School bullying has been identified as harmful to students' mental health. A number of studies have evaluated the efficacy of bullying prevention programs, finding mixed effects generally and no benefits overall for secondary school students. Looking at the specific elements of bullying prevention programs helps to explain the complicated pattern: Unlike intensive programs that have parent training, firm disciplinary methods or enhanced playground supervision, interventions which involve use of peers often lead to gains in bullying. A brand new review explores why encouraging peers to shield victims may actually cause more damage than good.
The analysis was prepared by a researcher at the QIMR Berghofer Medical Research Institute and the University of Queensland, Brisbane. It appears in Child Development Perspectives, a journal of the Society for Research in Child Development.
"Many school bullying prevention programs encourage and train peer bystanders (helpers) to get actively involved in assisting with possible instances of bullying," said Karyn L. Healy, research officer from QIMR Berghofer Medical Research Institute, who authored the analysis. "Although this approach is very common and well-intentioned, there is no evidence that it helps victims. Encouraging peers to actively defend victims of bullying may actually produce adverse outcomes for victims."
Most research about the effectiveness of bullying prevention programs assumes that every program impacts bullying and victimization in a simple and unified manner. But a lot of programs combine a range of different strategies and participants, which are very likely to produce differential effects.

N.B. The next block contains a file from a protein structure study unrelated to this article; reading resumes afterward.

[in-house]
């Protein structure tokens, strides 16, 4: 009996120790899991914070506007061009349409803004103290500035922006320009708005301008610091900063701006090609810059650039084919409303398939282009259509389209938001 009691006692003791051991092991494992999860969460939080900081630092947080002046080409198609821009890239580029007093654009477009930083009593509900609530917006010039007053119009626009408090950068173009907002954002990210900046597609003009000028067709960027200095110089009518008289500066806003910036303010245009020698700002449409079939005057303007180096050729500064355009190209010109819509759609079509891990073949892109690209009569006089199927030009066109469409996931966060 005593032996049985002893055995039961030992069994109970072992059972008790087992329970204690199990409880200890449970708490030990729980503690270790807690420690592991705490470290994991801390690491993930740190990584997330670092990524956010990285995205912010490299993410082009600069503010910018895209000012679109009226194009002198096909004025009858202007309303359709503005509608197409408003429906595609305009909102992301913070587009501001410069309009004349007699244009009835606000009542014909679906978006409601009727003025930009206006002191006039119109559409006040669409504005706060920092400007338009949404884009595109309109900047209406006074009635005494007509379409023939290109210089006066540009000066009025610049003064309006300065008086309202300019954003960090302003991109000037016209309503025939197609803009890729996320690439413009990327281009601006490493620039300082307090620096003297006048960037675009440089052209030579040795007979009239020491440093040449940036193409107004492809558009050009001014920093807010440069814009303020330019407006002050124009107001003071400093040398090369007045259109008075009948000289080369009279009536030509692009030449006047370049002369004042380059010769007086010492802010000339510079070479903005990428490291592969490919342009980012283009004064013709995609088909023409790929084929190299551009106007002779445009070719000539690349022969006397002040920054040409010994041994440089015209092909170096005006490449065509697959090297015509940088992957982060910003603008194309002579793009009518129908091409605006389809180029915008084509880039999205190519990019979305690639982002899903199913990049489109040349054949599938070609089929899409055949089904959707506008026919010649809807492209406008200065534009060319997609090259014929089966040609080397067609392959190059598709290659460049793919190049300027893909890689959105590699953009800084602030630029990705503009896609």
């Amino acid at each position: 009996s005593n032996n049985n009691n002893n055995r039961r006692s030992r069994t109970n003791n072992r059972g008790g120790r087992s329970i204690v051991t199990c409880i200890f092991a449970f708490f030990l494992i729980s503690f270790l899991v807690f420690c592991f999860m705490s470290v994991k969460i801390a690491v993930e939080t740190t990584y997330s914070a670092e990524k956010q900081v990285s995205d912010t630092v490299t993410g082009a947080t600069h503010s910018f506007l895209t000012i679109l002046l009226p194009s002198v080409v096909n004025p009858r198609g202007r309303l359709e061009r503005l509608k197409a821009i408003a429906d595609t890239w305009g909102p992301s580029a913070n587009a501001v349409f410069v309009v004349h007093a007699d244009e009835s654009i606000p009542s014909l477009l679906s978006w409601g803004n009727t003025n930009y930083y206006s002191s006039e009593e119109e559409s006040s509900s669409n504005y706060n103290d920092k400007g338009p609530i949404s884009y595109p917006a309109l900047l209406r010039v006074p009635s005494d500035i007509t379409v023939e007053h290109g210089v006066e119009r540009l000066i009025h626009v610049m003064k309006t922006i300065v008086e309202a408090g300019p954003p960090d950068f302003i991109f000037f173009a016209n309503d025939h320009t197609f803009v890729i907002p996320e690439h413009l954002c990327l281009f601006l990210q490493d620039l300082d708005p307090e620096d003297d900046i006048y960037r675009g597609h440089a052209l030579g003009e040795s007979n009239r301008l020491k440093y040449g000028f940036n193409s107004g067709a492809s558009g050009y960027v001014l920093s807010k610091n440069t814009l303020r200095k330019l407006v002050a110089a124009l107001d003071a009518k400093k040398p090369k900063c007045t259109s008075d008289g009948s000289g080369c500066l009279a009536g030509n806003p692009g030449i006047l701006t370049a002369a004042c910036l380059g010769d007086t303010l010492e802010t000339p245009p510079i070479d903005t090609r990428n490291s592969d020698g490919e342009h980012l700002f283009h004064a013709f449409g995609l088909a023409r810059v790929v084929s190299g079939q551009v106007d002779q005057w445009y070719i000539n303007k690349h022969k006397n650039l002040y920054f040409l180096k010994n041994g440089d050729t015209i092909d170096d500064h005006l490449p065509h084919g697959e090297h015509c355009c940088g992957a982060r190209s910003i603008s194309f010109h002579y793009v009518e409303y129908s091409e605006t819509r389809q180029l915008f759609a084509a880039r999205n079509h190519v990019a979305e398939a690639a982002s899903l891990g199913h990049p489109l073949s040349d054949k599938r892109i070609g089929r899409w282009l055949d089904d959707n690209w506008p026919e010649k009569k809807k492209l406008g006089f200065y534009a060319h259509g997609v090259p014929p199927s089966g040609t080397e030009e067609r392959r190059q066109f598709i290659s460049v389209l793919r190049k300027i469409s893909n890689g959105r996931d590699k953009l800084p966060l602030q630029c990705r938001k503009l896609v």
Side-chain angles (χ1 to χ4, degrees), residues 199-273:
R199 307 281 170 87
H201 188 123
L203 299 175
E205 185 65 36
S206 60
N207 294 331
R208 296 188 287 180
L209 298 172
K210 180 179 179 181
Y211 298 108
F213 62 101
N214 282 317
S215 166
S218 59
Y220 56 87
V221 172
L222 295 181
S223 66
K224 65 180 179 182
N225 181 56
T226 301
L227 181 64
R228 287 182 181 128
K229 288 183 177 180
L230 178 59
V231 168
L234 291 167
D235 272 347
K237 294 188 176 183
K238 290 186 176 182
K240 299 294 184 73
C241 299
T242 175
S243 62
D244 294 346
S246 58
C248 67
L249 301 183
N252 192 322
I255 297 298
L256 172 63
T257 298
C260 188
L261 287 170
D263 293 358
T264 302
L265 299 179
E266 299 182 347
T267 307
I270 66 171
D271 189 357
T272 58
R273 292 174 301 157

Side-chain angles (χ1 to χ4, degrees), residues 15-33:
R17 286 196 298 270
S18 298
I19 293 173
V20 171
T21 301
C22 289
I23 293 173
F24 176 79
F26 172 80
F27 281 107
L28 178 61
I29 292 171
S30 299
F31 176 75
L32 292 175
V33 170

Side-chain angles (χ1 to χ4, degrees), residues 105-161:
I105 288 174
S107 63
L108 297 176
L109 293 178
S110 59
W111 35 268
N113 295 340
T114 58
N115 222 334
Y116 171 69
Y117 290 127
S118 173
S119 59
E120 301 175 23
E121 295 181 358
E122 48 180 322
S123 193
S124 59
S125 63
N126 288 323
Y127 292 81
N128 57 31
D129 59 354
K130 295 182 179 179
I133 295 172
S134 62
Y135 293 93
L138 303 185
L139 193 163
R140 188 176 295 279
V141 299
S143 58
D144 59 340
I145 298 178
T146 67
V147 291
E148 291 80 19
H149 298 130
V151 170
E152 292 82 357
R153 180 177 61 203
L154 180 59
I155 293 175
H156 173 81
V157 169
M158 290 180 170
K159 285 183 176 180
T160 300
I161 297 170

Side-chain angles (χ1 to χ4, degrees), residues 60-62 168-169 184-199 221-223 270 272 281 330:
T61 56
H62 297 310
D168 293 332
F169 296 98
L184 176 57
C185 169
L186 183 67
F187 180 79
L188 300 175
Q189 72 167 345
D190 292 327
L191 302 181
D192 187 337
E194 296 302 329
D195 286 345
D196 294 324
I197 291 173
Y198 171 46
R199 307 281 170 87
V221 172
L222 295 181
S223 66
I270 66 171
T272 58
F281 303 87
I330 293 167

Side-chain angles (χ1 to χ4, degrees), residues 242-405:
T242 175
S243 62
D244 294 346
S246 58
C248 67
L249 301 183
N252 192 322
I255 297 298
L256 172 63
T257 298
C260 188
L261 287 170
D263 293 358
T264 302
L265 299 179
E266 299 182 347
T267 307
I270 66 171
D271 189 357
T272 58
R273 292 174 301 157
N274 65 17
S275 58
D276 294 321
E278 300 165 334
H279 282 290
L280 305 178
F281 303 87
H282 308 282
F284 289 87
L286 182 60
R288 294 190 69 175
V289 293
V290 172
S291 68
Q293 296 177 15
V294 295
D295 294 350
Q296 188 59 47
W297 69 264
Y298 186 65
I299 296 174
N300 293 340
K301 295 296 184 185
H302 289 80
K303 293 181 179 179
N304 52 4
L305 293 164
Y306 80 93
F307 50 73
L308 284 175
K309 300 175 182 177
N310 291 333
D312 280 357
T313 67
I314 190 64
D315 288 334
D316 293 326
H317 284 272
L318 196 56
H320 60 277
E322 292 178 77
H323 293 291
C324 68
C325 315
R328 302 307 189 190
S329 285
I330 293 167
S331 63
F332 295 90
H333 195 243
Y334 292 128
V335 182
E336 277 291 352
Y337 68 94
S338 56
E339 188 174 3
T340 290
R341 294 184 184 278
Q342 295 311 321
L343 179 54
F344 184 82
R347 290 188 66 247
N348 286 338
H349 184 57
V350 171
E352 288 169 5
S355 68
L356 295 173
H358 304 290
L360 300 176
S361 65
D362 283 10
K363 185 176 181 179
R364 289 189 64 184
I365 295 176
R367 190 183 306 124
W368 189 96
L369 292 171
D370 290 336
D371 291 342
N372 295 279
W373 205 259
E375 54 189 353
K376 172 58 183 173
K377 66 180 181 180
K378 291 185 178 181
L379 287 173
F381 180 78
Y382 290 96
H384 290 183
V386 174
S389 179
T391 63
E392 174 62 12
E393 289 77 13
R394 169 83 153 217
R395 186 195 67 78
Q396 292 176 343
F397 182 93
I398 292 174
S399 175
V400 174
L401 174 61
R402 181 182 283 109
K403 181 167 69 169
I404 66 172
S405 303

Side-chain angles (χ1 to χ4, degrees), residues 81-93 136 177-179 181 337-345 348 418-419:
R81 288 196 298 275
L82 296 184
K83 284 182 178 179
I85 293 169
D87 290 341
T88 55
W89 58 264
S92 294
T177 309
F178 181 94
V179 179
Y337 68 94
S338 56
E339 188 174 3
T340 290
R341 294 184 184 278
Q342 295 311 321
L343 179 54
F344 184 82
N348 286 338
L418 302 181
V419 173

Healy identified a number of mechanisms through which bystander Interventions that involve peer defense of the sufferer may boost victimization and suffering of victims: 1) by disempowering victims, 2) by reinforcing or provoking bullying, or 3) by eroding wider support for victims by the peer group.
"Having lots of peers involved makes the situation more public, which can be damaging to the social reputation of victims," said Healy. "Having a trained bystander step in also prevents the victim from handling a situation themselves and may make them look weak in the eyes of the bully. Training students to intervene in bullying also has the potential of leading to overuse of peer defense strategies because of benefits to helpers, such as making helpers feel they have higher status or increasing helpers' feelings of belonging in school."
Recent evidence indicates that even when programs are successful In decreasing bullying, they may nonetheless be bad for the individual pupils that are victimized the most. "This could potentially be the case for any program that aims to reduce overall bullying without taking into account the impacts on victims," explains Healy.
To lessen the risk to vulnerable students, Healy suggests that schools be wary of bullying prevention programs that lack evidence of effectiveness for reducing bullying and victimization. Schools should avoid using strategies that boost peer visibility of victimization (e.g., identifying a victim in a class meeting). In addition, evaluations of bullying prevention programs that look at the school as a whole should be cautious of hidden negative outcomes for individual students who remain victimized.
Related Journal Article: https://srcd.onlinelibrary.wiley.com/doi/10.1111/cdep.12385